The covenant process in reality very likely will be a tool to eliminate the very genius of Anglicanism he claims to wish to defend--a way of living Christianly able to hold evangelical, Roman Catholic, and liberal elements together. It will very likely institutionalize the elimination or suppression of Anglican liberalism. In short, Rowan has no way forward to preserve Anglicanism, understood in his terms.
Rowan seems oblivious in this piece to the realities of global power politics as they are playing out the Anglican Communion. He does not address the fact that demographic and historical contingencies have placed the Global South in a position to dictate terms of unity. Instead, he merely plays truth and unity off against one another.
In concrete terms, this blatant power imbalance may result in the covenant carrying substantive content beyond procedural rules or circumstantially neutral content like the Quadrilateral, content effectively excluding ECUSA from the Communion--picture parts of Lambeth '98 1.10 getting written into our new confession.
Indeed, he seems oblivious too about how many on the evangelical right regard homosexuality, and his desire to see the gay problem as a mere trigger might cloud his judgement here. For our impasse is largely about this issue and this issue alone; if it were not for this issue, we would not be threatened with schism. Note: NT Wright thinks the acts of GC2003 are morally on par with the Iraq War; Zahl sees those acts as on par with terrorist bombing; parties in the global south have seen gays as sub-human or agents of Satan, and have supported their political suppression.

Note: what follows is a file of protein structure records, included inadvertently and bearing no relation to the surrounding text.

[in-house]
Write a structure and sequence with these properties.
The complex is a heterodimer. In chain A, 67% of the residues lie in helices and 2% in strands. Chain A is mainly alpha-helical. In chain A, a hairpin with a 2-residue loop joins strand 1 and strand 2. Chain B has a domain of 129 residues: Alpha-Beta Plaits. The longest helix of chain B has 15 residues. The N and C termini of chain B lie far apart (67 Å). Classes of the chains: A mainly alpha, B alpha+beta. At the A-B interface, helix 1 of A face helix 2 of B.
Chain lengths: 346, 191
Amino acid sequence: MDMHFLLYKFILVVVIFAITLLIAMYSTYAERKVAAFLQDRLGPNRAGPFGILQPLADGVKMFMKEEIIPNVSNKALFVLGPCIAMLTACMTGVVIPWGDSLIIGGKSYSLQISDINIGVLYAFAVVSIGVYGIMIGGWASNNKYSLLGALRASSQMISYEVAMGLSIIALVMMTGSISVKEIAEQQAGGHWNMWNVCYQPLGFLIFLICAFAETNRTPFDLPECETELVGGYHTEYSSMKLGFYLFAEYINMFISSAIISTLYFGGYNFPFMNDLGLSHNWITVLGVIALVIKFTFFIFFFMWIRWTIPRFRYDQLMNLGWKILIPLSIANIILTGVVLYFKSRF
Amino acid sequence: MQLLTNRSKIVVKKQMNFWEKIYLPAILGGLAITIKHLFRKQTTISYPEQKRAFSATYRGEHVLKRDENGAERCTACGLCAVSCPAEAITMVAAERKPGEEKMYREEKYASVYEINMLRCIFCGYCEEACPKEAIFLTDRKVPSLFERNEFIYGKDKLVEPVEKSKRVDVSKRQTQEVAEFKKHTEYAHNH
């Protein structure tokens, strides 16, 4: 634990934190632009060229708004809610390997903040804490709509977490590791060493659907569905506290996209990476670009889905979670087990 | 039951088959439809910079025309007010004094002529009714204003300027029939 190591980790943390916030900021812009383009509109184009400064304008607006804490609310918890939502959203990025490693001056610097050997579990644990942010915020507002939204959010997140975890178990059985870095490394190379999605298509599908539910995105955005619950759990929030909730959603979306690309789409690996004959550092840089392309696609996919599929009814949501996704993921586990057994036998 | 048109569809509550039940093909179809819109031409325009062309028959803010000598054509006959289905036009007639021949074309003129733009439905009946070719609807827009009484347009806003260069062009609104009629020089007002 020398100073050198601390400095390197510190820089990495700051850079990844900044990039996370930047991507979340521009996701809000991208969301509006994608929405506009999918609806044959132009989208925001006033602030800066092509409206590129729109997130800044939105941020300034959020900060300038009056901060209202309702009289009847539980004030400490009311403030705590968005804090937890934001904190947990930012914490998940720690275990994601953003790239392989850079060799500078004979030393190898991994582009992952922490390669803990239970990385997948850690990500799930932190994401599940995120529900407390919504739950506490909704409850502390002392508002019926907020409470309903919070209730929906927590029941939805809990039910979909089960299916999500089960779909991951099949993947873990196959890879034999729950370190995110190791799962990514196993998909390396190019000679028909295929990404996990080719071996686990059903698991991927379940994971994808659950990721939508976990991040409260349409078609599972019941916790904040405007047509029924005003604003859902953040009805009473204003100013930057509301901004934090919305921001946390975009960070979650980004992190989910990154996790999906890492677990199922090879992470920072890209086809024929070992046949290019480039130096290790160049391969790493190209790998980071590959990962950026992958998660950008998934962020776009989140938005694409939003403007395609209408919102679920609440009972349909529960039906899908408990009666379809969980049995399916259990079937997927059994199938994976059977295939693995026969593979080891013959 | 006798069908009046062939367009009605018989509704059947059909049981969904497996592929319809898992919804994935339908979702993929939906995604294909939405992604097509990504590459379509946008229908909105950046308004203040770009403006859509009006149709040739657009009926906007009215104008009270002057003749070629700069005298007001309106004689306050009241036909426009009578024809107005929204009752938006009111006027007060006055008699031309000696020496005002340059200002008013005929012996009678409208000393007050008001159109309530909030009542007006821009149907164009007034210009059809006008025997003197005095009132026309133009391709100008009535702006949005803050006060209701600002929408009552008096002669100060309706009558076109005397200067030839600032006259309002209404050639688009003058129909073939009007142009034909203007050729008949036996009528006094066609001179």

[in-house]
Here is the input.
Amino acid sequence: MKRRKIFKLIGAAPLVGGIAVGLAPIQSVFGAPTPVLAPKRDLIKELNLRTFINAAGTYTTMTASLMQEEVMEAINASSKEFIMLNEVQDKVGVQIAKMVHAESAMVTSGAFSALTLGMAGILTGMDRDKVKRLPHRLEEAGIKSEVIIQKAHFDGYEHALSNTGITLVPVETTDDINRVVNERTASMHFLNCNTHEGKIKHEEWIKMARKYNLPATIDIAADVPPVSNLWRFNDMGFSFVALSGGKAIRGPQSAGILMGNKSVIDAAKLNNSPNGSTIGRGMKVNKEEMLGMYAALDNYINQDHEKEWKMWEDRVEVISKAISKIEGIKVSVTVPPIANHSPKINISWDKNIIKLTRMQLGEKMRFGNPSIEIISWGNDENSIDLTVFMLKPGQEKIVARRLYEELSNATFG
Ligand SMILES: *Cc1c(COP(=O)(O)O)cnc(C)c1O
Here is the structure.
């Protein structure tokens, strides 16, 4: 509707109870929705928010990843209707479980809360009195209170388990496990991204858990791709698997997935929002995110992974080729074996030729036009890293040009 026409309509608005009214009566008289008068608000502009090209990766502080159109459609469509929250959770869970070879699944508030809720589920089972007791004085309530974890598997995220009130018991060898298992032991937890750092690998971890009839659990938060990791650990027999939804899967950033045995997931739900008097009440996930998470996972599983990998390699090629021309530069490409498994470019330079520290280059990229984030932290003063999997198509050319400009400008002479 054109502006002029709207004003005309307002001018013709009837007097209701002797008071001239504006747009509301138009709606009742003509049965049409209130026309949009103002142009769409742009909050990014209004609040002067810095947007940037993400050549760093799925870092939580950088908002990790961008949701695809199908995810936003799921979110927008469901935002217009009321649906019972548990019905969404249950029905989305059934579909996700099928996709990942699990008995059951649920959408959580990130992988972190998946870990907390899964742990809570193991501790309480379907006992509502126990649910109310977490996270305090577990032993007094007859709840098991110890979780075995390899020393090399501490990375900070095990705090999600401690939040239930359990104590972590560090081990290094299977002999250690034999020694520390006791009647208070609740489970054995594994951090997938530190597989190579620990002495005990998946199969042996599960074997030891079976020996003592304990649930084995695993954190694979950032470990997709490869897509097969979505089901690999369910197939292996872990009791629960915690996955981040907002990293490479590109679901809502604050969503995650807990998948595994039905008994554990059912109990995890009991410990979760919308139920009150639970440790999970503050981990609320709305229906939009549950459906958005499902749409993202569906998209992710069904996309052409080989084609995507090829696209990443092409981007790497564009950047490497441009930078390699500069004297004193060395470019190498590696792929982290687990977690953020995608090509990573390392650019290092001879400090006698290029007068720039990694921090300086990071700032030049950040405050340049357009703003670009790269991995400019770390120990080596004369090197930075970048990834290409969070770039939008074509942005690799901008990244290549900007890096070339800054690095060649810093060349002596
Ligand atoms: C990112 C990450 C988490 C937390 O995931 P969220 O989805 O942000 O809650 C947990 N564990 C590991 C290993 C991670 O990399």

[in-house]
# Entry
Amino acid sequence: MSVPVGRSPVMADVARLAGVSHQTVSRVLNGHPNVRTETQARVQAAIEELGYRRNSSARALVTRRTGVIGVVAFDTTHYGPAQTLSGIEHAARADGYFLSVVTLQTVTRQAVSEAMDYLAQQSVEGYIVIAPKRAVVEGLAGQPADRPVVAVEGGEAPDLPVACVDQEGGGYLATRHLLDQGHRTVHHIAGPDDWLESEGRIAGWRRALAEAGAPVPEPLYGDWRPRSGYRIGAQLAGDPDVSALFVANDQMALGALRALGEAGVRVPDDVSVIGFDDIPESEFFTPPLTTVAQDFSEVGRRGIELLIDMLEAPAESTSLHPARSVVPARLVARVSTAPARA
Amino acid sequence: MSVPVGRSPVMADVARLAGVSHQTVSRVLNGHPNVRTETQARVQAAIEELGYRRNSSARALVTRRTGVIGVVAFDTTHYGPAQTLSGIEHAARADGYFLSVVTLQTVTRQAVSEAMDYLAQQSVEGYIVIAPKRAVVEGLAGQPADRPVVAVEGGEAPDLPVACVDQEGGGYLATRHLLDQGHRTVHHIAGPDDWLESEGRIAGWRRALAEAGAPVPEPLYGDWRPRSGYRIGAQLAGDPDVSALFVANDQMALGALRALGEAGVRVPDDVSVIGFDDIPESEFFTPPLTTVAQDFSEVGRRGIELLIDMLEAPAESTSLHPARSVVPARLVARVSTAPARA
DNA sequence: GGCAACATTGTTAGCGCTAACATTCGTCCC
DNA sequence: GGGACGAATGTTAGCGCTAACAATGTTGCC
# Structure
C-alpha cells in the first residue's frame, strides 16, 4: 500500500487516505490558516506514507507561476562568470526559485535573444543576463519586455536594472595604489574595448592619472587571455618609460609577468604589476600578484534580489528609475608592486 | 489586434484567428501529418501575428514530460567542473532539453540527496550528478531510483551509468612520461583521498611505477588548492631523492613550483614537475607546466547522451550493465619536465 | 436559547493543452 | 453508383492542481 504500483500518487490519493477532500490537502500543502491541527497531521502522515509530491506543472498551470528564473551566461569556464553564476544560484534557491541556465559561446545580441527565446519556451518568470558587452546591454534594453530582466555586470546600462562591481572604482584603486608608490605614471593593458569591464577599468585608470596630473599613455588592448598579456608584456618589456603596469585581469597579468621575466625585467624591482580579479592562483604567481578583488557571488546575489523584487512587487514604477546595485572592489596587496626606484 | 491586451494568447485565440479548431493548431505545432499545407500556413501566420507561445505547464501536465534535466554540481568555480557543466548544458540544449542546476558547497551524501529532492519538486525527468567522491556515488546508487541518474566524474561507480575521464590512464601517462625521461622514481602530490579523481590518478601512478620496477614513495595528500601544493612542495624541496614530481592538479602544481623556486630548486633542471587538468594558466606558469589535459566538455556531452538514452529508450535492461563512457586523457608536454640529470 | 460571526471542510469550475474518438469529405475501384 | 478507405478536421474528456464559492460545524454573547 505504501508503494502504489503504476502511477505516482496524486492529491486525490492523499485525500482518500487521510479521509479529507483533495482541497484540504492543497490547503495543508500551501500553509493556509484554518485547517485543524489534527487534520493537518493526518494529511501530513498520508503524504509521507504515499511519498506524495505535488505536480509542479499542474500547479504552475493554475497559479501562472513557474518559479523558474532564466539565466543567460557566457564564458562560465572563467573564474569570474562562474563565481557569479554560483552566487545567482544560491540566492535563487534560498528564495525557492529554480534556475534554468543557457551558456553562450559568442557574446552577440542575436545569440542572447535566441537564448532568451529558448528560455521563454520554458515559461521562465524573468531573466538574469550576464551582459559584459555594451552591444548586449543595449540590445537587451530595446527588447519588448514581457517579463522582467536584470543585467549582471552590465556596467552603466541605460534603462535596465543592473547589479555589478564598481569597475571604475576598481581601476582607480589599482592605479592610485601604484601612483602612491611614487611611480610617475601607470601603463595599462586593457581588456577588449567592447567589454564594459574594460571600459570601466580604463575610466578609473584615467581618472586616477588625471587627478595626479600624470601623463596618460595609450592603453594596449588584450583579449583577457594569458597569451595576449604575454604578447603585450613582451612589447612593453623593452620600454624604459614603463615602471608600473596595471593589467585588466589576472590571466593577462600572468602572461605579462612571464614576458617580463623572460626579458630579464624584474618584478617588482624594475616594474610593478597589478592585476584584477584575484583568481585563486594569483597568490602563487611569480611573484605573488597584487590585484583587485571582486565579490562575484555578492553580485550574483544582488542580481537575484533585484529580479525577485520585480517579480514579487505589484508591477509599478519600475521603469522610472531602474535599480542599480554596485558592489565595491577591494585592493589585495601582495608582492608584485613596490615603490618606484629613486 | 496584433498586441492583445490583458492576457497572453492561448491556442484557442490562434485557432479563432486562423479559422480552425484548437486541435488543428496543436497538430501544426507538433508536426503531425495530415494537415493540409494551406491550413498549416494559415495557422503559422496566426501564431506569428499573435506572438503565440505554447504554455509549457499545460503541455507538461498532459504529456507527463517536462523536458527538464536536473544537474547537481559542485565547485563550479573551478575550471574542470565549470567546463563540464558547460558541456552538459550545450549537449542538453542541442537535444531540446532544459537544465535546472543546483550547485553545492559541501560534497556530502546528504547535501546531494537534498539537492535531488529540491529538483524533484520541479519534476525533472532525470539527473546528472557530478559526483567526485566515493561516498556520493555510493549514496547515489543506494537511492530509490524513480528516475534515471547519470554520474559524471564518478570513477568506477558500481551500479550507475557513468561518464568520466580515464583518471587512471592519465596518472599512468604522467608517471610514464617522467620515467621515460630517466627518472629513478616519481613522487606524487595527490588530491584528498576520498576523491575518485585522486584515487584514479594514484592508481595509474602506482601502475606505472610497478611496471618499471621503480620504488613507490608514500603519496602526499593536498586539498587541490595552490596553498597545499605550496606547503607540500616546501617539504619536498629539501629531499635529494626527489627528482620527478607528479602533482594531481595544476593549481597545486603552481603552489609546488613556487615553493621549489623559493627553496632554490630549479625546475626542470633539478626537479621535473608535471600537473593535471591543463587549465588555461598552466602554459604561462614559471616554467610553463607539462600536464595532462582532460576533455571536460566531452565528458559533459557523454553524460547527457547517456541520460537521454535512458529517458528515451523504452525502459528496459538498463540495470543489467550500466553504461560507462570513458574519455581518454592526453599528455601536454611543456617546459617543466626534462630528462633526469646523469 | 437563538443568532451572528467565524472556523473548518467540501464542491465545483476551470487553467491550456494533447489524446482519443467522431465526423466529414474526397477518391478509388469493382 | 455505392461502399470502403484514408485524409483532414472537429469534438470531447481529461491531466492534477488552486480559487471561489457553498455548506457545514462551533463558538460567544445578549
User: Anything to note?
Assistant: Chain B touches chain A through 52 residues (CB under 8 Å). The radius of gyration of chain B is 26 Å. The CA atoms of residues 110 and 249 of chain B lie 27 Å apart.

Will any set of procedural rules suffice to maintain unity when one party is in the grip of such moral panic? Wouldn't it have been better if he had acted from his office to calm the panic and openly rebuke such excesses, even if he wanted to leave the substantive theological issues open? His dictinction between civil rights and church theology, his chatter about the possibility of defending civil rights for gays while denying their ordination etc, closes the barn door after the horse has left. His straight talk about what is logically consistent is bizzarely blind to the actual world--we cannot leave the actual Anglican Communion where gays are oppressed by the Anglican Church as in Nigeria for Rowan Williams' shiny and sweet Possible World.
Rowan and the Windsor Report's silence on substantive moral issues around 1.10--something he seems to think comes with the office--does not imply that the question of gay ordination or blessings is really open to discussion. Given the power reality, in practical terms it is already closed--his silence gave, and indeed was necessary for giving, the Global South this opportunity to shut down discourse.